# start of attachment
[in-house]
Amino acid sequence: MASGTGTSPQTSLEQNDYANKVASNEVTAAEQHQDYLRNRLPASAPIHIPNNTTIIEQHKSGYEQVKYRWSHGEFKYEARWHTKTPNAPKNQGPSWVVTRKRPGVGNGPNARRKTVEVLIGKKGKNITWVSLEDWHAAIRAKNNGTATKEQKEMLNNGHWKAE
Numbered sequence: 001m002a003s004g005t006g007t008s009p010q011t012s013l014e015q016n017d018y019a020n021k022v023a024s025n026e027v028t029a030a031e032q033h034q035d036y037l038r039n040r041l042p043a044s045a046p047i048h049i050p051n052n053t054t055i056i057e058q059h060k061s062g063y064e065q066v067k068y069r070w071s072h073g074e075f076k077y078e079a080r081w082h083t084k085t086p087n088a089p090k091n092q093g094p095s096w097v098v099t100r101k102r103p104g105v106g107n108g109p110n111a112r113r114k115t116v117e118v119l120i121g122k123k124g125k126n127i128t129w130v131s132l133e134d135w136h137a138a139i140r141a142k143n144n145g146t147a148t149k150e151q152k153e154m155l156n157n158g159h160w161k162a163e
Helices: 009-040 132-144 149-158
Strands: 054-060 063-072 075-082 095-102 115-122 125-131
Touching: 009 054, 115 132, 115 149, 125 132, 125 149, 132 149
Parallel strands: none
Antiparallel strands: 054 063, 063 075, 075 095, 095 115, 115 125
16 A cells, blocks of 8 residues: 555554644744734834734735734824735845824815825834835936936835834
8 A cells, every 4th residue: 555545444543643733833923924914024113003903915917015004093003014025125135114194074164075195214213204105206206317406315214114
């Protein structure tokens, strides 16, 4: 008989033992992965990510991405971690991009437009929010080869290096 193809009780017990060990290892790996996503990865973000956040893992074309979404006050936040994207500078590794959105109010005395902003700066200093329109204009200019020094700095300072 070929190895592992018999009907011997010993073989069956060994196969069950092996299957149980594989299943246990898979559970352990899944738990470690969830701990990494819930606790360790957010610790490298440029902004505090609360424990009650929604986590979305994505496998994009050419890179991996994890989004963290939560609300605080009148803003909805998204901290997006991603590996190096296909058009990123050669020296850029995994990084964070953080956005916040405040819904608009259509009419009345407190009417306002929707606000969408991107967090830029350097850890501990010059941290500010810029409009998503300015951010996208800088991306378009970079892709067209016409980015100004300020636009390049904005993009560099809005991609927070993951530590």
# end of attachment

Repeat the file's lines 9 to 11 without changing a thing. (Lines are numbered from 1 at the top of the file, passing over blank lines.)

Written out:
16 A cells, blocks of 8 residues: 555554644744734834734735734824735845824815825834835936936835834
8 A cells, every 4th residue: 555545444543643733833923924914024113003903915917015004093003014025125135114194074164075195214213204105206206317406315214114
């Protein structure tokens, strides 16, 4: 008989033992992965990510991405971690991009437009929010080869290096 193809009780017990060990290892790996996503990865973000956040893992074309979404006050936040994207500078590794959105109010005395902003700066200093329109204009200019020094700095300072 070929190895592992018999009907011997010993073989069956060994196969069950092996299957149980594989299943246990898979559970352990899944738990470690969830701990990494819930606790360790957010610790490298440029902004505090609360424990009650929604986590979305994505496998994009050419890179991996994890989004963290939560609300605080009148803003909805998204901290997006991603590996190096296909058009990123050669020296850029995994990084964070953080956005916040405040819904608009259509009419009345407190009417306002929707606000969408991107967090830029350097850890501990010059941290500010810029409009998503300015951010996208800088991306378009970079892709067209016409980015100004300020636009390049904005993009560099809005991609927070993951530590």